The regulator wrote that, in turn, this led to an increase in “the pernicious effects of gambling, since it increases the risk that people who, due to their subjective condition, should not participate in gambling activities by virtue of the provisions of Law 13/2011”.


Italy Fines Meta €750,000 For Ad Ban Breach


The Italian Communications Regulatory Authority (AGCOM) has fined Meta Platforms Ireland Limited, the parent company of Facebook, Instagram and WhatsApp, €750,000 for violating the gambling advertising ban.

In an announcement on January 13, 2022, the gambling regulator announced its first-ever fine for a social media platform for a breach of the current gambling advertising ban.

AGCOM stated that one of the key reasons for the fine was Meta’s failure to prevent its users from targeting Italian consumers with advertising about games with cash prizes.

In addition to the fine, Meta is required to prevent its users from uploading any future content that may breach the gambling advertising ban.


New York Debates Warnings On Gambling Advertisements


Two New York legislators have introduced a bill to require all gambling and sports-betting advertisements in the state to include warnings about the potentially harmful and addictive effects of gambling.

Senate Bill 1550 introduced by Democrats Luis Sepulveda and Leroy Comrie on Thursday (January 12) would also require the New York State Gaming Commission to ensure that all advertisements include the state’s problem gambling hotline number (1-877-8-HOPENY).

The bill has been referred to the Senate Racing, Gaming and Wagering Committee. A companion measure, Assembly Bill 118, has been referred to the Racing and Wagering Committee.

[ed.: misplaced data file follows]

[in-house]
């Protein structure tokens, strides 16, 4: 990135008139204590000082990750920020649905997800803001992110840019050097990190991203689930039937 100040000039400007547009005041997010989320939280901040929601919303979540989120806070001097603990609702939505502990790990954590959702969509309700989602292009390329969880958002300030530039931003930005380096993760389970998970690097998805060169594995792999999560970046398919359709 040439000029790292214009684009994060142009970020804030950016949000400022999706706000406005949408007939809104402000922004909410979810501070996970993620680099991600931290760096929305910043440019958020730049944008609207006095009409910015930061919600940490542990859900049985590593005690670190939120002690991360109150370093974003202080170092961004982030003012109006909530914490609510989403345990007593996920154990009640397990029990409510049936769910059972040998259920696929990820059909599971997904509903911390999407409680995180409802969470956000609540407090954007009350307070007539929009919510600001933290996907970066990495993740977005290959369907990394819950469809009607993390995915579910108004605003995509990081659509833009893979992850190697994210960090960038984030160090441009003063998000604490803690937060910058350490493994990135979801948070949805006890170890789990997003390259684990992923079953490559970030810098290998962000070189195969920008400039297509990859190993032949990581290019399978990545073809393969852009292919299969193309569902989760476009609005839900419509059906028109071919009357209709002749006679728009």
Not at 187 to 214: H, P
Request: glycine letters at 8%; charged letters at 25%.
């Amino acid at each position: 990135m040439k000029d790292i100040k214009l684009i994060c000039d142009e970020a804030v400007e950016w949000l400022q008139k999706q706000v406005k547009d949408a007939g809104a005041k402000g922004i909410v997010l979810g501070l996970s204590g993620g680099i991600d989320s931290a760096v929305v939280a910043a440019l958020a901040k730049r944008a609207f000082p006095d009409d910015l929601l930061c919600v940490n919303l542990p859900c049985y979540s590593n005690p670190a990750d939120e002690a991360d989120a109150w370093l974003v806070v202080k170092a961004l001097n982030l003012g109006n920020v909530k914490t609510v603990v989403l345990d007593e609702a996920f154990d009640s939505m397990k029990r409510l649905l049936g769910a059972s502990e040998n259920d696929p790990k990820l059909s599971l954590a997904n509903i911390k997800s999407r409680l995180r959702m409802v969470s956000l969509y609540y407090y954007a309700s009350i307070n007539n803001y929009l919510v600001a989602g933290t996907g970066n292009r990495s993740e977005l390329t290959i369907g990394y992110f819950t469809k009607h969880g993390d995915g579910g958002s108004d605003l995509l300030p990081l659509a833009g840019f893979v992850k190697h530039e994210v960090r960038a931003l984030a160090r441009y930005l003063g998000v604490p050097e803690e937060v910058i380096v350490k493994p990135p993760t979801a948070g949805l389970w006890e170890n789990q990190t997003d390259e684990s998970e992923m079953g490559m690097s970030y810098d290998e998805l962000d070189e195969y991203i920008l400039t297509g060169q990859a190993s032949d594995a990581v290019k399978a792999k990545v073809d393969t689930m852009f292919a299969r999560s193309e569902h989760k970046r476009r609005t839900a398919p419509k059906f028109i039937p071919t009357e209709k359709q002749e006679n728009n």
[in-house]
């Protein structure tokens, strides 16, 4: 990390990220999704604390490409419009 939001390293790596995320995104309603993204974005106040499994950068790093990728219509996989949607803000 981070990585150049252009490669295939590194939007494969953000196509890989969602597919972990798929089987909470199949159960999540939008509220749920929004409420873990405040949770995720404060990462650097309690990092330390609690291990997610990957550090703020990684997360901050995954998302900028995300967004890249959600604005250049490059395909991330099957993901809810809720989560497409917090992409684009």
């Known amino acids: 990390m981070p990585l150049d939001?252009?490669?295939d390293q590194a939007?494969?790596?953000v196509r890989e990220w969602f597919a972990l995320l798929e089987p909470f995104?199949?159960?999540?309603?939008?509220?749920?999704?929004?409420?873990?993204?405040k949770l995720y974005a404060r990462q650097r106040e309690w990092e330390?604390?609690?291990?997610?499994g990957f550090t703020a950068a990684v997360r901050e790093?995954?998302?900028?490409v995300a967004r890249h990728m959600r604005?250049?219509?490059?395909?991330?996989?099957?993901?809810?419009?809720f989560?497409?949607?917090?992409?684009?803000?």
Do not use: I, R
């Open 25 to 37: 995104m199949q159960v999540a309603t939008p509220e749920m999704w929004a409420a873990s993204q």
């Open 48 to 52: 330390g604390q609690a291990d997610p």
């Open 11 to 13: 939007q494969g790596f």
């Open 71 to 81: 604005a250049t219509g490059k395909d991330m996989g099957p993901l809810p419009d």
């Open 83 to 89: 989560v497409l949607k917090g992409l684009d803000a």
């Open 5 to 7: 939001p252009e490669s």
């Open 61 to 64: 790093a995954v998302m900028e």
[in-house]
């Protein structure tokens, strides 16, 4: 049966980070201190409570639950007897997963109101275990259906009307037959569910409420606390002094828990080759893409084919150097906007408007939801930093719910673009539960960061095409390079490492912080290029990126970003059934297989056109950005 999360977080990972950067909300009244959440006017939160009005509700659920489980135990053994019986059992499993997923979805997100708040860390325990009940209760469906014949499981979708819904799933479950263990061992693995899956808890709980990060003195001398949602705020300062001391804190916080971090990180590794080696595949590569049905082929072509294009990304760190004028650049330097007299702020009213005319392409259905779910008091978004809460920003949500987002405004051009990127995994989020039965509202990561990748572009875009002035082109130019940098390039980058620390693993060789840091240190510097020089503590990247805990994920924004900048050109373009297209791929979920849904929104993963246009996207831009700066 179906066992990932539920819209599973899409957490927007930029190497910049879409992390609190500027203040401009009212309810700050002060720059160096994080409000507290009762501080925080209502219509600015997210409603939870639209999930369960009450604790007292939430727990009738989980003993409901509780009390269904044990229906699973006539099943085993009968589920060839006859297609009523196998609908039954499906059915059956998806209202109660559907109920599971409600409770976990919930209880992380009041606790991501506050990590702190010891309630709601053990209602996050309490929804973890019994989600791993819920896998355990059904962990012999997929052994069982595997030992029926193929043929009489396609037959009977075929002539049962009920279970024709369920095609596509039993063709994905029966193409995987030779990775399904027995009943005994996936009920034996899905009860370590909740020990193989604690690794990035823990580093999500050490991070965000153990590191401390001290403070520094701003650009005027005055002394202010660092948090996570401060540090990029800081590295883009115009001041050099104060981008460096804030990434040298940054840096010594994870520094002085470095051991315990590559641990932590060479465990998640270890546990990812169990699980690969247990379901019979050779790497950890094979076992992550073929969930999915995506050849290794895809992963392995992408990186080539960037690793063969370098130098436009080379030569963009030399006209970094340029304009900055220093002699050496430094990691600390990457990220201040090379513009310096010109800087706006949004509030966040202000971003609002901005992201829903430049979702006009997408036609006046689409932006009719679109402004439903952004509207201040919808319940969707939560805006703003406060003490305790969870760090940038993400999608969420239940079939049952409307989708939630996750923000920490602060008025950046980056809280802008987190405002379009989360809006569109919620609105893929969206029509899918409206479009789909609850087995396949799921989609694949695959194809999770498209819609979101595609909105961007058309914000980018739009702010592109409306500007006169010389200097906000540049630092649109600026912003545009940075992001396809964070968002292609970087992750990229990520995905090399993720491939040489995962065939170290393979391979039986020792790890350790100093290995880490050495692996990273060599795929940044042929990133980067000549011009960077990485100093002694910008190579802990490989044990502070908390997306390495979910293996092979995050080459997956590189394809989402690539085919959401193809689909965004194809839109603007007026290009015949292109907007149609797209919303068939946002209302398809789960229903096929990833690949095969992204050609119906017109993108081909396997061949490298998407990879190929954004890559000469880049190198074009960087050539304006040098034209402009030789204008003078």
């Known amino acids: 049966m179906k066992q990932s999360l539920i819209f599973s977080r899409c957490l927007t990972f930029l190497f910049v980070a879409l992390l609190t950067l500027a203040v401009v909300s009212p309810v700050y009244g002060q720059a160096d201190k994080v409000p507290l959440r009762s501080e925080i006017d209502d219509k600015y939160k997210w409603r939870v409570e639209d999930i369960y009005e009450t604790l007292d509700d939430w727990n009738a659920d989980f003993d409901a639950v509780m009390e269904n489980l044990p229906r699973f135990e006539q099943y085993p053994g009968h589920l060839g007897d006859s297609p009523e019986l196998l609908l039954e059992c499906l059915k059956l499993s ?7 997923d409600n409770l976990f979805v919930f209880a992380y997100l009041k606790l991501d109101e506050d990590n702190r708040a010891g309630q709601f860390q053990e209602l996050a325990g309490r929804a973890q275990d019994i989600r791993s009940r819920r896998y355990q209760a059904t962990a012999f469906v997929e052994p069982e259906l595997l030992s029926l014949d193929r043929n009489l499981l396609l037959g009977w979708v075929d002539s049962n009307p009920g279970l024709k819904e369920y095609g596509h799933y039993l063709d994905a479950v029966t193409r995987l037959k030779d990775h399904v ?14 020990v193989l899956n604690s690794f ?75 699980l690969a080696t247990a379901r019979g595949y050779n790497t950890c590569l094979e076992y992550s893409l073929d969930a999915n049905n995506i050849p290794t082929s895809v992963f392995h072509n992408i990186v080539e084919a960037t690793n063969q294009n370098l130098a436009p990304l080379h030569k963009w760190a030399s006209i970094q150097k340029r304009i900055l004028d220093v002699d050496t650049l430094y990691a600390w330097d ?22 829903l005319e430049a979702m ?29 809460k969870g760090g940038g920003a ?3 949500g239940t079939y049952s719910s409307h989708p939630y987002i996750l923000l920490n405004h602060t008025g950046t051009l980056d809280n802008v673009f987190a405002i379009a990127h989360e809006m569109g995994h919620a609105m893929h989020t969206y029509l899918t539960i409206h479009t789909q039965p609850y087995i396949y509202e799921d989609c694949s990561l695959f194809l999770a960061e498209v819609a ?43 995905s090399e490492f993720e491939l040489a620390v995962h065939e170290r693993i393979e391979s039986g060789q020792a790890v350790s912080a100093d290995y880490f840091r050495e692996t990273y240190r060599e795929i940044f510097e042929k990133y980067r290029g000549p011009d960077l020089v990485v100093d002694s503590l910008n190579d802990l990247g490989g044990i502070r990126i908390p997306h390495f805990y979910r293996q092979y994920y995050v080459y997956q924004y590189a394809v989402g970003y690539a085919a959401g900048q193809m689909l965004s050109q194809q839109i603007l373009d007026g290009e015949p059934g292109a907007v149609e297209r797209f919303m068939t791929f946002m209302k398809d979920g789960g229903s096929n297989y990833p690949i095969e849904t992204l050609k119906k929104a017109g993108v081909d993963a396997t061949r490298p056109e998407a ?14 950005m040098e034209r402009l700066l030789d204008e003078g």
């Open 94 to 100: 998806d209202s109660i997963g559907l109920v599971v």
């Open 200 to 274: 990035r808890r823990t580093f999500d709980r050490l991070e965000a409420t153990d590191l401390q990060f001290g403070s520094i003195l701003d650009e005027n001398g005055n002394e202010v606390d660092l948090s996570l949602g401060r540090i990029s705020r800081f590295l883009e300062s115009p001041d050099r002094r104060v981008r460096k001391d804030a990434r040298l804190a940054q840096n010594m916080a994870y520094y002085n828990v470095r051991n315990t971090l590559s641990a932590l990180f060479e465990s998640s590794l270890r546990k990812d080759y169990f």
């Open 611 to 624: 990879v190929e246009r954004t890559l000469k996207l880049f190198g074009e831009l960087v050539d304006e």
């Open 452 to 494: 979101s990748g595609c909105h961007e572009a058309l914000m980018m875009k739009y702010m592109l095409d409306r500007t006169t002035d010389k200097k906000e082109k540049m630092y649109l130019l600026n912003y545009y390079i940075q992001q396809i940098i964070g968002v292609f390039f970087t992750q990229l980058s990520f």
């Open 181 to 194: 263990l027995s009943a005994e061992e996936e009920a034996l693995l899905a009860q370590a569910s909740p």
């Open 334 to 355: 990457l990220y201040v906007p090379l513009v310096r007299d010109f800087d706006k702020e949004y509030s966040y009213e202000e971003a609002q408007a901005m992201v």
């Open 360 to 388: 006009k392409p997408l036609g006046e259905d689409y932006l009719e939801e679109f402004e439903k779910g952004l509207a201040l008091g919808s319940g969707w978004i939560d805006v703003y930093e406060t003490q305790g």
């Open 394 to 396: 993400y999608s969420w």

If it passes, the new rules will take effect 16 days after they become law.

Comrie justified the need for these warnings out of concern that the advent of the internet has made gambling more accessible through online betting platforms.

“As gambling becomes more easily accessed by more people, the number of lives negatively affected by gambling has also increased,” Comrie wrote. “This can lead to serious consequences for the gambler and their family.”


Irish Football Association Chairman Wants Betting Levy Increased


The chairman of the Football Association of Ireland (FAI) has called on the Irish government to increase the existing levy on betting from 2 percent to 3 percent.

Roy Barrett told local media that the estimated €1.5bn received by the horse and greyhound sector since 2001 should be increased and used to support football and other sports.

Barrett, who will step down as chairman later this year, also called on lawmakers to waive some repayments on a €7.6m loan that was granted over the last three years.

“Can the FAI financially make those payments into the future? Yes, we can. However, with limited resources all that’s doing is taking from the ability of the FAI to provide those funds back into the community be it the grassroots or whatever. That’s the reality of it,” Barrett said.


Massachusetts regulator scheduled to approve sports-betting ad rules, University of Colorado discontinues PointsBet referral scheme and New South Wales Premier supports proposed ban on club political donations.